Back to the sketch. The example sketch already tells us how to get millivolts. We multiply the numeric result by 0.1875. In the following function, we take that result to calculate temperature.

float calculateTemperature(float mV) {

  float ampsMin = 4; // 4 mA
  float ampsMax = 20; // 20 mA

  float minTemp = -30; // 4mA or 0.66 V
  float maxTemp = 45; // 20mA or 3.3 V

  int16_t resistor = 165;

  //  V = A x 165;
  float mVMin = ampsMin * resistor;
  float mVMax = ampsMax * resistor;

  float mVPerDegree = (mVMax - mVMin) / (abs(minTemp) + maxTemp); // 35.2 mV

  float celsius = ((mV - 660) / mVPerDegree) - abs(minTemp); // 660 mV is zero, zo subtract 660, divide by 35.2 to get degrees on 0 - 75 scale (-30 to 45), substract 30 because range starts at -30

  return celsius;

I’ve made all values explicit. A final sketch will likely be more compact. The important part is the final calculation. There, 660 millivolts (0.66 volts) are subtracted from the measured value. That result is divided by the amount of millivolts per degree (35.2) which results in a temperature value which starts from -30. Subtracting 30 yields the correct value.

Here is a series of serial monitor outputs containing the original value from the ADC, the converted value in millivolts and the calculated temperature:

21:38:19.043 -> Differential: 12537 (2350.69mV) 18.03C
21:38:20.040 -> Differential: 12536 (2350.50mV) 18.03C
21:38:21.039 -> Differential: 12538 (2350.88mV) 18.04C
21:38:22.070 -> Differential: 12539 (2351.06mV) 18.04C
21:38:23.067 -> Differential: 12540 (2351.25mV) 18.05C
21:38:24.065 -> Differential: 12538 (2350.88mV) 18.04C
21:38:25.097 -> Differential: 12538 (2350.88mV) 18.04C
21:38:26.097 -> Differential: 12538 (2350.88mV) 18.04C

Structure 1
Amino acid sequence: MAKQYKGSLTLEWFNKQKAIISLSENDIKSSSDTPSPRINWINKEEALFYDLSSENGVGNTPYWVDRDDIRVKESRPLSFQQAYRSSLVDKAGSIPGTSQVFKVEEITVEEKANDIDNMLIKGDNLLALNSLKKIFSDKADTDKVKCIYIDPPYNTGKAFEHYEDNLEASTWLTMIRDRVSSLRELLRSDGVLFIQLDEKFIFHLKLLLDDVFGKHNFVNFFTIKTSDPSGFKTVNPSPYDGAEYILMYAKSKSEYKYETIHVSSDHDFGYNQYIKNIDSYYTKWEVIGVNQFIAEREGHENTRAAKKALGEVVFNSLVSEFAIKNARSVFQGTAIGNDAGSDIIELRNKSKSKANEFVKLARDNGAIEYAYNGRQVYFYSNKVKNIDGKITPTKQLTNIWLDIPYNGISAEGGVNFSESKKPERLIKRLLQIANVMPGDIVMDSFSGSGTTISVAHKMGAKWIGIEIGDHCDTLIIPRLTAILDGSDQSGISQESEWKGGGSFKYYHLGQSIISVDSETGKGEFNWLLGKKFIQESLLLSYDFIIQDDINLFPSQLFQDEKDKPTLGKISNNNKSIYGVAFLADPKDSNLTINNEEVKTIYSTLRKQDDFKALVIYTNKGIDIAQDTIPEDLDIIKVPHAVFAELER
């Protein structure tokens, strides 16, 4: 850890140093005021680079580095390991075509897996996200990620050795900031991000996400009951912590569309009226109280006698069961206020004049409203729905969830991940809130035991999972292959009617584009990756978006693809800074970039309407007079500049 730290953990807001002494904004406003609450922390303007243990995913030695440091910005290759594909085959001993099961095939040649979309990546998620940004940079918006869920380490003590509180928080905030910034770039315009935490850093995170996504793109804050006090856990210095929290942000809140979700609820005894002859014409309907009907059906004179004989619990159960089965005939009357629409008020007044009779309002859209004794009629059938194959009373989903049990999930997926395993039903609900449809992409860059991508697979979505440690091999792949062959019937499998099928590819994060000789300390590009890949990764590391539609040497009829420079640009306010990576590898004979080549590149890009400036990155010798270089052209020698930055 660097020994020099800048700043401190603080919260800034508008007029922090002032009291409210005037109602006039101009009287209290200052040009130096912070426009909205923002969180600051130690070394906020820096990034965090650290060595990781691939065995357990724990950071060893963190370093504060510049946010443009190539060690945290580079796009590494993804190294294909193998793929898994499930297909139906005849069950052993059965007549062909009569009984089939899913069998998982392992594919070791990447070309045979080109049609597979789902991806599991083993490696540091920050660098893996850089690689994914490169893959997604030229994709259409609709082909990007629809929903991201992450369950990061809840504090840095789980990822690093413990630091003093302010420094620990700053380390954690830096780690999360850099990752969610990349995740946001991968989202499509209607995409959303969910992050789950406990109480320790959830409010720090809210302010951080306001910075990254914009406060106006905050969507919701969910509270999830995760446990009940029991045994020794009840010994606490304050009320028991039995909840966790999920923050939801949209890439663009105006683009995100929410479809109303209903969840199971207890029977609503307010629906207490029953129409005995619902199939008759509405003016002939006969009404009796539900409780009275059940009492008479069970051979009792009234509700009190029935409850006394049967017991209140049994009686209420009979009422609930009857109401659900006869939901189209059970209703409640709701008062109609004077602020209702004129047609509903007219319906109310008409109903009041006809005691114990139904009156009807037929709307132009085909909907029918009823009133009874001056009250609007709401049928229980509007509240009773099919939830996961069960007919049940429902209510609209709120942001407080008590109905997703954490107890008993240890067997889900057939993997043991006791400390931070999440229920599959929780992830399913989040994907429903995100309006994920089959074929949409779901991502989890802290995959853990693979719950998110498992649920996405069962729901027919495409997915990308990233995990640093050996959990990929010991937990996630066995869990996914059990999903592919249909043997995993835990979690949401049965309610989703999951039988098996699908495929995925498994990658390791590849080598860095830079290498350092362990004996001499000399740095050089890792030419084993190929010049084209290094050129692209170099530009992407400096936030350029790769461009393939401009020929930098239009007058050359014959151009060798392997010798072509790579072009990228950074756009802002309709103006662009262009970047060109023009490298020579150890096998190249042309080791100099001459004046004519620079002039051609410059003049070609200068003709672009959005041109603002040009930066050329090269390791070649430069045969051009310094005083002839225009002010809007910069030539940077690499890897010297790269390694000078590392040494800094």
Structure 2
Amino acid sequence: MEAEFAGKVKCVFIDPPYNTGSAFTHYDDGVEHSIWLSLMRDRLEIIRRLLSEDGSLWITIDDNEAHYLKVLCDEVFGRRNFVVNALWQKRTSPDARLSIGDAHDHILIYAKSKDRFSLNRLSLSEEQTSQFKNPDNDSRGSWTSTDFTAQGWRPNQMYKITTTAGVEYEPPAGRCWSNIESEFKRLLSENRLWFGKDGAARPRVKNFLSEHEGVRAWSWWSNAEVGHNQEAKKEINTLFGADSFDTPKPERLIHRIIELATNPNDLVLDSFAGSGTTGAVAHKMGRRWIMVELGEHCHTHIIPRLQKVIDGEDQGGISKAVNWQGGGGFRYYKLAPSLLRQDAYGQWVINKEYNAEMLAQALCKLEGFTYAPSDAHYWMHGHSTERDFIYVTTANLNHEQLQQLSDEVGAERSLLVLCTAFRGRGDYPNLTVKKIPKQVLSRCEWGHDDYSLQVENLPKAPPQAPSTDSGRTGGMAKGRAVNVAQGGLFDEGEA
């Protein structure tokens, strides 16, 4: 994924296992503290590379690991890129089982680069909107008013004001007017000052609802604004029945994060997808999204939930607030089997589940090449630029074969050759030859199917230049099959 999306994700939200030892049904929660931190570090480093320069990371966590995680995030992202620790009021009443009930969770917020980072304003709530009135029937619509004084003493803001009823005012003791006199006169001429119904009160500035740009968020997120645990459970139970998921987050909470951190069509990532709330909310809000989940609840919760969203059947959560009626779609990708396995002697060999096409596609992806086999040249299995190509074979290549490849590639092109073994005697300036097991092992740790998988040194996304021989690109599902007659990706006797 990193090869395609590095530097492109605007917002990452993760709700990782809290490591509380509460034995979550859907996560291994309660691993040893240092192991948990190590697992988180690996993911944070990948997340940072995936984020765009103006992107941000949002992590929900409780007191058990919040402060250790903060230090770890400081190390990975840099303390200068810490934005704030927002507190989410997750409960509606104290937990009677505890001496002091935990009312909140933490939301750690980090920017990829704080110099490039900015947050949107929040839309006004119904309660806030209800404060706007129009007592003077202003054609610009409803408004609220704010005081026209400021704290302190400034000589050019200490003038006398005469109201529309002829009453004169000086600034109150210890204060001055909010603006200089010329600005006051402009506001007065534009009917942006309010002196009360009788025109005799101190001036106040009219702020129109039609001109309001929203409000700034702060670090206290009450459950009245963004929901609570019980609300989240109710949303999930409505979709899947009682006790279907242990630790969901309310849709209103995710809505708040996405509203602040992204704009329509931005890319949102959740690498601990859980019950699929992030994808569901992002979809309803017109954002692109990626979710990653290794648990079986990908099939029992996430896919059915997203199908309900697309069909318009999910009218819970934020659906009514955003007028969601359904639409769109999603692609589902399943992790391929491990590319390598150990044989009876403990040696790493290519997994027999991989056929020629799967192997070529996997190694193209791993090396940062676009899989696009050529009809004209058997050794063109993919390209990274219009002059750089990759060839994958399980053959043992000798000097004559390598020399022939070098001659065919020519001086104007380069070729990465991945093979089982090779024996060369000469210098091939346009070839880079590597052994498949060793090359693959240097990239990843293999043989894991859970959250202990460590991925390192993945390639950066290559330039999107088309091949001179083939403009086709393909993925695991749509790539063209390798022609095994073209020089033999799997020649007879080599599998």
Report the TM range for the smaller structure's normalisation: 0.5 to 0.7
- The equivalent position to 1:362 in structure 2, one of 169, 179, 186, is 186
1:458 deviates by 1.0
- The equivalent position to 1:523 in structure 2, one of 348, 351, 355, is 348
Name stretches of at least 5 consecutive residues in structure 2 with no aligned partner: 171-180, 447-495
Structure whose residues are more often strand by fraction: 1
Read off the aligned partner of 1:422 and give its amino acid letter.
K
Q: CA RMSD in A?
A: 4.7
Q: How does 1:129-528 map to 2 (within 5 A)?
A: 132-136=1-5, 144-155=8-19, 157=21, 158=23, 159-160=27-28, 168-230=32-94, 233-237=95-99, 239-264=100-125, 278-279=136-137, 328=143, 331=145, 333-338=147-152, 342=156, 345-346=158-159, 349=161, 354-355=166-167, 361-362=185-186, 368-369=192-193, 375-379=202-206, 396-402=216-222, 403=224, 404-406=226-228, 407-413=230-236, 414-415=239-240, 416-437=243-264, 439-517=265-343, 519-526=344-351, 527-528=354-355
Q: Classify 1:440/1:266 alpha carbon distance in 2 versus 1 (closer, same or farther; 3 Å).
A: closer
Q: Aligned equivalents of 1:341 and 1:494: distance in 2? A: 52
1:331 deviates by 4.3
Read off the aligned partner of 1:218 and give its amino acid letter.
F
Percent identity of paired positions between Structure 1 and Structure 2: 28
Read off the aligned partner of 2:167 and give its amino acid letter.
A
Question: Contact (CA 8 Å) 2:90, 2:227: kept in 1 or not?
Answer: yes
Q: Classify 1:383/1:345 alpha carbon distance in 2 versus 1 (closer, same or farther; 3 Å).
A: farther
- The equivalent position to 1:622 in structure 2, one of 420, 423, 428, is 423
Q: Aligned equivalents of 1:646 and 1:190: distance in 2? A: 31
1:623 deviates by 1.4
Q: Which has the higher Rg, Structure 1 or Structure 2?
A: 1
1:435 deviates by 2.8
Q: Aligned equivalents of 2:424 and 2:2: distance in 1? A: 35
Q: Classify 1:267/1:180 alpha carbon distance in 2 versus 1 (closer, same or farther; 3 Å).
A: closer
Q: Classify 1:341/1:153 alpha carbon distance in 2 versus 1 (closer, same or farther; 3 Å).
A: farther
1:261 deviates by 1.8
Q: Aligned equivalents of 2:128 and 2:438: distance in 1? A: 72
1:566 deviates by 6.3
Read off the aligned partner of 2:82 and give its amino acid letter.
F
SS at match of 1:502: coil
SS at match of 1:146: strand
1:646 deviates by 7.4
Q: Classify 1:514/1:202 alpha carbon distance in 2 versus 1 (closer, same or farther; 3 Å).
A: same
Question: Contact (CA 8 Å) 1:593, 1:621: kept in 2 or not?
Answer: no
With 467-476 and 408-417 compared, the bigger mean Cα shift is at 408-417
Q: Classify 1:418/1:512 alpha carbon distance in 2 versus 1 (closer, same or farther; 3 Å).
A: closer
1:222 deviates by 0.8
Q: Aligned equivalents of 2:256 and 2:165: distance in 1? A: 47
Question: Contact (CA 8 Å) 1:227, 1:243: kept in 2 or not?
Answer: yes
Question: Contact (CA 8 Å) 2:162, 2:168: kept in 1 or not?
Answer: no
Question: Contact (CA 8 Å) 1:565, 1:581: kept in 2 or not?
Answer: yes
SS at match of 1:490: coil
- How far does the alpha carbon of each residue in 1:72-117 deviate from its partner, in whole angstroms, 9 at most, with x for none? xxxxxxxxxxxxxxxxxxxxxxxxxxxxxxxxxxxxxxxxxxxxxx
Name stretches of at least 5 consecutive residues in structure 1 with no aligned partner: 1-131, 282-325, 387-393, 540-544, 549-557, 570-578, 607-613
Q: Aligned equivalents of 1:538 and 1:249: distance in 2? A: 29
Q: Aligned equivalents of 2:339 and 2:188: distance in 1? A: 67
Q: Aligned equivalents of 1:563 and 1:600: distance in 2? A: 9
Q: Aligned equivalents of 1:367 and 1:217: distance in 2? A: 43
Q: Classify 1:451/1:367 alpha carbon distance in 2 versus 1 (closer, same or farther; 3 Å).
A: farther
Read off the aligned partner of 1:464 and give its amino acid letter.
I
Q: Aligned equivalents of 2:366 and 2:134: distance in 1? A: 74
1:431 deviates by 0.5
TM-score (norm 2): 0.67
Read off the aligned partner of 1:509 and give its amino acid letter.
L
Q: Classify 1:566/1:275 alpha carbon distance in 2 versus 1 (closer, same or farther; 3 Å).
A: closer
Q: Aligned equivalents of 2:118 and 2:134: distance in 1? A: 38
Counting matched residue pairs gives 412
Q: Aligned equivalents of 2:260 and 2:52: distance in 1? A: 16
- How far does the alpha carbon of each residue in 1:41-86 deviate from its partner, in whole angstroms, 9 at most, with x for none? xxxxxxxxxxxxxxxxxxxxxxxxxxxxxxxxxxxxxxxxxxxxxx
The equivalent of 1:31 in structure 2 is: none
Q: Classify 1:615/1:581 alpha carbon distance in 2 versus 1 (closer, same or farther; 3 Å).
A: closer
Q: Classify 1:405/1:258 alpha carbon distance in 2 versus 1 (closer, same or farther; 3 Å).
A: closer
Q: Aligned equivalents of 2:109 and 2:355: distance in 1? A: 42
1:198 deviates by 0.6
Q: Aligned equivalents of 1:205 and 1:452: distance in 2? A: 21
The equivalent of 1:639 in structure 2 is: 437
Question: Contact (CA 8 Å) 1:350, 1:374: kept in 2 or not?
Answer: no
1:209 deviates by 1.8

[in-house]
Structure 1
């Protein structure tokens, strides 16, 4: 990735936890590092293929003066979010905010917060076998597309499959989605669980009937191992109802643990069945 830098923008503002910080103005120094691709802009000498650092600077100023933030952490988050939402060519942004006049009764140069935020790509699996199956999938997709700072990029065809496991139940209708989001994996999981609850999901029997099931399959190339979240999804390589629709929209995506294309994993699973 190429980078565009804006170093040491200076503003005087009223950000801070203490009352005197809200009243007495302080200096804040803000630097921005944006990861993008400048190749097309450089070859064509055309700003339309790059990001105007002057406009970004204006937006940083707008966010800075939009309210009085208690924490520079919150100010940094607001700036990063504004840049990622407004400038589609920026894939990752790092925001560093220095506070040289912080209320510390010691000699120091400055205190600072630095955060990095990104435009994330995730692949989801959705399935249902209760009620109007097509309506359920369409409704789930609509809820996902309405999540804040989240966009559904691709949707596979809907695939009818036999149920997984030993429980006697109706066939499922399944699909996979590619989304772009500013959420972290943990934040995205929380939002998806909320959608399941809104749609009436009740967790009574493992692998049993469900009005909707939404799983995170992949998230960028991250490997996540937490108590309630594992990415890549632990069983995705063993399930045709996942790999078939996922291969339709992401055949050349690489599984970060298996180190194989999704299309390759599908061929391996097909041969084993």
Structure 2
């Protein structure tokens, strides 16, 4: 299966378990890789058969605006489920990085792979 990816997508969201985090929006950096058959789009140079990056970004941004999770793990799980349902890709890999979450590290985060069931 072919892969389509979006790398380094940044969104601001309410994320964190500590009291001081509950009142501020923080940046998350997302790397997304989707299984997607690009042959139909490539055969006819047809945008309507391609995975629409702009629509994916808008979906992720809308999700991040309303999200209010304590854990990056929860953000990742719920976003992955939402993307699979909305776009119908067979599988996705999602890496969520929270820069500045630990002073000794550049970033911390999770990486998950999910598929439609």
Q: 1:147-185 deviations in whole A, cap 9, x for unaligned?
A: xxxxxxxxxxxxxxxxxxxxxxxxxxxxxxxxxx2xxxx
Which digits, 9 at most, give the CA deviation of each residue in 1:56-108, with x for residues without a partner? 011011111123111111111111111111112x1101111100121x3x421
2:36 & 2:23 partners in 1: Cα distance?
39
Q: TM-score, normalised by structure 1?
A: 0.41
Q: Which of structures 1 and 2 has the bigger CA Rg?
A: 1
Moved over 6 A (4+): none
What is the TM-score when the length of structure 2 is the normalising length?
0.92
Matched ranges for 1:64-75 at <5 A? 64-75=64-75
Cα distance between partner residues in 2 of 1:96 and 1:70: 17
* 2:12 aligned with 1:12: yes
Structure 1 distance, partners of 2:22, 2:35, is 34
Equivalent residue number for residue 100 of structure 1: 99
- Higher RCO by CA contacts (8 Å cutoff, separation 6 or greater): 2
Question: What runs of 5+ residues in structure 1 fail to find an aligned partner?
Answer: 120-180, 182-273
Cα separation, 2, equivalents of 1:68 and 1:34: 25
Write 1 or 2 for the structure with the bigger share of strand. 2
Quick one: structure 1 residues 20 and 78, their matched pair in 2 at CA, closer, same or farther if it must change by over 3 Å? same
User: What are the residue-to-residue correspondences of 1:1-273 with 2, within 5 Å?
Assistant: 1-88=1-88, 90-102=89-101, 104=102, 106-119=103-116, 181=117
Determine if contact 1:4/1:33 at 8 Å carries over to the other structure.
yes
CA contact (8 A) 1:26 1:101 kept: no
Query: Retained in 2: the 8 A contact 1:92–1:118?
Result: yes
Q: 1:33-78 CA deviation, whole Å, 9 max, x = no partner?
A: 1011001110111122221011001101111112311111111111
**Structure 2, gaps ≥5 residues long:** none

21:38:27.095 -> Differential: 12542 (2351.63mV) 18.06C
21:38:28.127 -> Differential: 12536 (2350.50mV) 18.03C
21:38:29.126 -> Differential: 12536 (2350.50mV) 18.03C
21:38:30.120 -> Differential: 12539 (2351.06mV) 18.04C
21:38:31.150 -> Differential: 12543 (2351.81mV) 18.06C
21:38:32.148 -> Differential: 12535 (2350.31mV) 18.02C
21:38:33.179 -> Differential: 12537 (2350.69mV) 18.03C
21:38:34.177 -> Differential: 12539 (2351.06mV) 18.04C
21:38:35.176 -> Differential: 12541 (2351.44mV) 18.05C
21:38:36.207 -> Differential: 12536 (2350.50mV) 18.03C
21:38:37.206 -> Differential: 12537 (2350.69mV) 18.03C
21:38:38.205 -> Differential: 12539 (2351.06mV) 18.04C
21:38:39.235 -> Differential: 12538 (2350.88mV) 18.04C
21:38:40.230 -> Differential: 12535 (2350.31mV) 18.02C
21:38:41.225 -> Differential: 12537 (2350.69mV) 18.03C
21:38:42.253 -> Differential: 12539 (2351.06mV) 18.04C
21:38:43.249 -> Differential: 12538 (2350.88mV) 18.04C
21:38:44.277 -> Differential: 12534 (2350.13mV) 18.01C
21:38:45.272 -> Differential: 12539 (2351.06mV) 18.04C
21:38:46.301 -> Differential: 12538 (2350.88mV) 18.04C
21:38:47.296 -> Differential: 12538 (2350.88mV) 18.04C
21:38:48.292 -> Differential: 12535 (2350.31mV) 18.02C
21:38:49.320 -> Differential: 12537 (2350.69mV) 18.03C
21:38:50.315 -> Differential: 12538 (2350.88mV) 18.04C
21:38:51.345 -> Differential: 12538 (2350.88mV) 18.04C
21:38:52.340 -> Differential: 12539 (2351.06mV) 18.04C
21:38:53.337 -> Differential: 12536 (2350.50mV) 18.03C
21:38:54.367 -> Differential: 12539 (2351.06mV) 18.04C
21:38:55.362 -> Differential: 12539 (2351.06mV) 18.04C
21:38:56.395 -> Differential: 12537 (2350.69mV) 18.03C
21:38:57.392 -> Differential: 12536 (2350.50mV) 18.03C
21:38:58.389 -> Differential: 12538 (2350.88mV) 18.04C
21:38:59.420 -> Differential: 12540 (2351.25mV) 18.05C

As can be seen, during this 40 second period, values range from 18.01 to 18.06 degrees, but most readings are either 18.03 or 18.04. I am guessing some noise is involved, but nothing too extreme yet. I will have to see how that develops when I mount everything into its final location, with multiple signals and power lines that could cause disturbances. For now, I am pleased with this result. Taking multiple readings and averaging them might be indicated to filter out the ‘extremes’.

Configuring the transmitter
The PT100 transmitter I use has a specific USB cable and configuration software. My impression is that each manufacturer of this type of transmitter has something similar. Besides configuring the transmitter, the software also allows for displaying the measured temperature.